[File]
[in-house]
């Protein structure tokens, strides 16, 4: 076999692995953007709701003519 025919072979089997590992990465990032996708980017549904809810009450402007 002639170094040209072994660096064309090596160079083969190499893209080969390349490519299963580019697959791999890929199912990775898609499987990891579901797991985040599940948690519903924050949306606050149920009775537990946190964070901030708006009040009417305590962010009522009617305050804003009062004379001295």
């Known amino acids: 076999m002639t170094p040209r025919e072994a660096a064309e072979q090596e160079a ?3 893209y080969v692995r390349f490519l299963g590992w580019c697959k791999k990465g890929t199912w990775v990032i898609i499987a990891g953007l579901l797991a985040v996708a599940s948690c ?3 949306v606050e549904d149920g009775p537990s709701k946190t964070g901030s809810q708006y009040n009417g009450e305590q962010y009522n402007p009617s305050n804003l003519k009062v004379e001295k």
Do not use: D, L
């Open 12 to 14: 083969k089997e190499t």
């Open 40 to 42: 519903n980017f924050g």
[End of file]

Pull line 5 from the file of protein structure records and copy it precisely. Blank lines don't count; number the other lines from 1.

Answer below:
């Open 12 to 14: 083969k089997e190499t």